I have selected some photos of the event for you. Follow me to a splendid night in ‘Regency-Wonderland’. Continue reading
Music fills the ball room. The English chamber orchestra The Pemberley Players strikes up. About 100 persons dressed in historical costumes dance the elegant formations of the opening polonaise, smiling and greeting each other. A glittering ball set in the Regency period begins: We are at the Grand Jane Austen Ball, pretending to have travelled in time back to Regency England.
The Museum of Creativity proudly presents “An Empire-Style Ball Gown Based on 21th Century Clothes”.
“I cannot determine what to do about my new Gown”, Jane Austen once wrote to her sister Cassandra. This is a feeling many of us can sympathize with. If you are going to attend a ball set in the Regency period, figuring out what to wear, where to get it or how to do it yourself is no easy task.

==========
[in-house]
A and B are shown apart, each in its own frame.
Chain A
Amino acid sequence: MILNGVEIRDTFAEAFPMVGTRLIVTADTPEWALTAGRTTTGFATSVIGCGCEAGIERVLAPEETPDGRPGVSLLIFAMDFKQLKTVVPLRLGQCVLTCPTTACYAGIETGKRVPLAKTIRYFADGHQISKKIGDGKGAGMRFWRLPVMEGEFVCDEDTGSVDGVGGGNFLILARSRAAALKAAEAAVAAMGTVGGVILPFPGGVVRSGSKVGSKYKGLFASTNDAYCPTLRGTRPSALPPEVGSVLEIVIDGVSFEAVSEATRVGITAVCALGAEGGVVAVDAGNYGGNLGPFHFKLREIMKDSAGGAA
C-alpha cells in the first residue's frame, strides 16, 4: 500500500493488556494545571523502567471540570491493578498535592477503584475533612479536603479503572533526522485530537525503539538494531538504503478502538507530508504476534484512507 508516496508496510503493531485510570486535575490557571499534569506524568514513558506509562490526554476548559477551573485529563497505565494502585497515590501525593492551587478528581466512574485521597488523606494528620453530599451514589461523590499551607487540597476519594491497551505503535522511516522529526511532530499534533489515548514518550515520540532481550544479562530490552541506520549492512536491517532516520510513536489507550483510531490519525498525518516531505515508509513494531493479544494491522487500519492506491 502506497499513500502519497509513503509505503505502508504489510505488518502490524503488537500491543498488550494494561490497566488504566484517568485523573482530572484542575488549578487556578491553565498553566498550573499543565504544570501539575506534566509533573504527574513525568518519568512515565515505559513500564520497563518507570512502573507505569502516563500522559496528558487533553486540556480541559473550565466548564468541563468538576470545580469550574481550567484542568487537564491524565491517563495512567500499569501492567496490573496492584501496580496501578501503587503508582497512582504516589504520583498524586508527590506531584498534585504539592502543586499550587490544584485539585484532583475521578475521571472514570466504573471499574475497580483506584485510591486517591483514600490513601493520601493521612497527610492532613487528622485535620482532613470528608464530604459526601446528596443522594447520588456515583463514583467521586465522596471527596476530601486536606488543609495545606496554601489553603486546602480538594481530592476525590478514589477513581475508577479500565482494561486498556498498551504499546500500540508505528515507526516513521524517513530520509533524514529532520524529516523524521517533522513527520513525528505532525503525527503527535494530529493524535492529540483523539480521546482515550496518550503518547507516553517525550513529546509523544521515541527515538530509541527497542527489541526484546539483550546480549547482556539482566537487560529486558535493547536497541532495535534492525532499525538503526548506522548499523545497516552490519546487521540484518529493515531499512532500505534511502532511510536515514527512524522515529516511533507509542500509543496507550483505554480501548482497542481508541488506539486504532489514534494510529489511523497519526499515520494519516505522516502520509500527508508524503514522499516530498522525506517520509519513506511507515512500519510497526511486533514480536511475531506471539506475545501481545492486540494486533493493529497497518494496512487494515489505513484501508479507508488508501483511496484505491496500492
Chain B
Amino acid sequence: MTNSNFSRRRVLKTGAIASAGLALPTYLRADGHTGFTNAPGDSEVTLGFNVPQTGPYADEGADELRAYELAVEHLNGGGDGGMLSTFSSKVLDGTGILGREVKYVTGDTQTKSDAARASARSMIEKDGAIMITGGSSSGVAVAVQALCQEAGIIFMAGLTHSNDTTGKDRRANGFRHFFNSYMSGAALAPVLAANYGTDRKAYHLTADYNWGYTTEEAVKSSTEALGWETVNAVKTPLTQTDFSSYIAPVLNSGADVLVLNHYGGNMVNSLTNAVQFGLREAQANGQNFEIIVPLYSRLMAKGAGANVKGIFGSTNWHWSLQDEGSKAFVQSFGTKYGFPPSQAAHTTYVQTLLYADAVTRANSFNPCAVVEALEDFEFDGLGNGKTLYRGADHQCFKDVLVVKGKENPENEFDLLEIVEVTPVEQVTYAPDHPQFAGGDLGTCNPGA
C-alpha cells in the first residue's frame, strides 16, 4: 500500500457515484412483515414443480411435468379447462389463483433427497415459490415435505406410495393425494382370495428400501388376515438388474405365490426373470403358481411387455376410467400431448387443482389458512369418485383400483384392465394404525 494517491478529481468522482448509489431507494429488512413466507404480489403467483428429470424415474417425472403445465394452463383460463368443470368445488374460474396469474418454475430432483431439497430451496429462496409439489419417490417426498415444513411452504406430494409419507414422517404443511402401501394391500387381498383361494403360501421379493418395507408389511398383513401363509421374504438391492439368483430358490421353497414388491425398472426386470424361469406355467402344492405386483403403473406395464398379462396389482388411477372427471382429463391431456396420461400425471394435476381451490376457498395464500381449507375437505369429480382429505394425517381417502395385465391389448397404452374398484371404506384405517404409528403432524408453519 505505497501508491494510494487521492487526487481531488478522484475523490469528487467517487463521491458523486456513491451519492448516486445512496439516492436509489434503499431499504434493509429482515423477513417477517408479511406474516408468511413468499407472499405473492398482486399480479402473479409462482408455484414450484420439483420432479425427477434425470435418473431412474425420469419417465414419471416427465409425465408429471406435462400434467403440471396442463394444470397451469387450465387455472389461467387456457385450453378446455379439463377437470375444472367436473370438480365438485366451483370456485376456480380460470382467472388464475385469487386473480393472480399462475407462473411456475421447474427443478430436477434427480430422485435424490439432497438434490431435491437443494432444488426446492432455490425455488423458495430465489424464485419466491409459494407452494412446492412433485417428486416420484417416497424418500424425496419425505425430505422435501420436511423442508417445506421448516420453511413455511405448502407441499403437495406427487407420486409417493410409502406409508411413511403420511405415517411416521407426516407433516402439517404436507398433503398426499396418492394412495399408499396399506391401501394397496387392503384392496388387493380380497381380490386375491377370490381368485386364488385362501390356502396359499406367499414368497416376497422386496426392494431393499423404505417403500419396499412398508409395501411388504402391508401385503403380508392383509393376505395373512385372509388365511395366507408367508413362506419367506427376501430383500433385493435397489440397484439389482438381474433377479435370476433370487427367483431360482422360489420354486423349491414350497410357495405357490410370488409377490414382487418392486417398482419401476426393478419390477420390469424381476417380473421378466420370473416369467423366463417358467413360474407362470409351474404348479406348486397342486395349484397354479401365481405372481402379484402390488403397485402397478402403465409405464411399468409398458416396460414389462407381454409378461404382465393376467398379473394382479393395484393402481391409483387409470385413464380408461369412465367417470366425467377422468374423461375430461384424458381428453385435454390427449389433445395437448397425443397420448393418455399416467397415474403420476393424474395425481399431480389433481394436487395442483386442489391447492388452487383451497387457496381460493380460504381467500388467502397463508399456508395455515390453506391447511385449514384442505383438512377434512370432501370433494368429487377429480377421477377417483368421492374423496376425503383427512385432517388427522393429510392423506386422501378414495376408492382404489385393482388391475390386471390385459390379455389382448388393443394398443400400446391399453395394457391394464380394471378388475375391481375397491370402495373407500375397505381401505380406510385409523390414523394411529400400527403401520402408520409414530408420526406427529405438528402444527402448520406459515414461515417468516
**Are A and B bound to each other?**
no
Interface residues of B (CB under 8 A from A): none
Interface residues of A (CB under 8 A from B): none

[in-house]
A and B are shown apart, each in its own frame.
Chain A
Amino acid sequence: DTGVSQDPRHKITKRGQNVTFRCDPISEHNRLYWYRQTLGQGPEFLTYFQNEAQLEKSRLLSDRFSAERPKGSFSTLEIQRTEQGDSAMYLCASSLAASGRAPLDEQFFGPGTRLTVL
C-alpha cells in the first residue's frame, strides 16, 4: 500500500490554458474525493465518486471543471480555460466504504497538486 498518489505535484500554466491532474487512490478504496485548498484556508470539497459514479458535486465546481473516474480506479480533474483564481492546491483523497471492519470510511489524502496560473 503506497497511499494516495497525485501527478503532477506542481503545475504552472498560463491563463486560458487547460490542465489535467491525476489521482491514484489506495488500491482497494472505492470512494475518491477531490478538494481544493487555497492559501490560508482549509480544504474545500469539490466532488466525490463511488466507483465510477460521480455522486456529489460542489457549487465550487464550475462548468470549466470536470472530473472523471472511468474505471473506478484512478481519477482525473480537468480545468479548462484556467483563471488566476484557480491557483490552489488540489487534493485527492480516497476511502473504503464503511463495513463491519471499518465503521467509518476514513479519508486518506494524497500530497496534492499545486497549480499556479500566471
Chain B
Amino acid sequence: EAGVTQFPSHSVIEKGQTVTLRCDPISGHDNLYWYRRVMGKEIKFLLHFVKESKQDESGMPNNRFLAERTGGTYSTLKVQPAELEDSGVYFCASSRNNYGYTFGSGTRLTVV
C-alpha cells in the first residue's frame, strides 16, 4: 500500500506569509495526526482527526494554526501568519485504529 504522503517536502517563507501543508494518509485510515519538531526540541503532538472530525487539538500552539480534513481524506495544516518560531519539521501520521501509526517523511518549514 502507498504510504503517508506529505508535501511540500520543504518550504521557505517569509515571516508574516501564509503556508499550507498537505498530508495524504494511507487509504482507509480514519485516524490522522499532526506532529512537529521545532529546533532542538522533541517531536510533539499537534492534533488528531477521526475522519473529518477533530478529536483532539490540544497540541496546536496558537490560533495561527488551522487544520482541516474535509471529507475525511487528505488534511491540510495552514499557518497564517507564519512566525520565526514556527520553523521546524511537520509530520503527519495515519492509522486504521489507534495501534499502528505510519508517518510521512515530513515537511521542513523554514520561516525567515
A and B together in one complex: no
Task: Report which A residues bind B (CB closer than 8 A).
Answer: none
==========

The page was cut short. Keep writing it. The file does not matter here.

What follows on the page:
I am going to go a Jane-Austen-Ball at the end of this month. As I can’t sew, I tried to make the ball gown from everyday clothes I had found in my cupboard. But halfway through roughing out a concept for a modest white cotton gown, I stumbled upon a dazzling beautiful red lace in an oriental drapery. Though I knew perfectly well that I haven’t the sewing skills to handle the lace, I bought it. Continue reading
In this post:
The truth about longway dances of Jane Austen’s time
How to perform a longway dance in a historically correct way
Tips for depicting a ball in your novel
Preview: Dance instruction and music to come in part 2
Dear Regency Enthusiast
A couple of weeks ago I took part in a workshop in Old English Country Dances*. First-hand experience of the culture and techniques of the regency era can be very enlightening for writers (see my post on Five Methods of Research). Indeed I came across very helpful facts – and a dark secret of contemporary country dance teaching. Fancy that: All the longway dances from Jane Austen’s time are today deliberately taught historically incorrect. Shocking! Why are the dances usually done incorrectly? How were they really performed? And what should you know to when you write a scene with a ball for your novel? Continue reading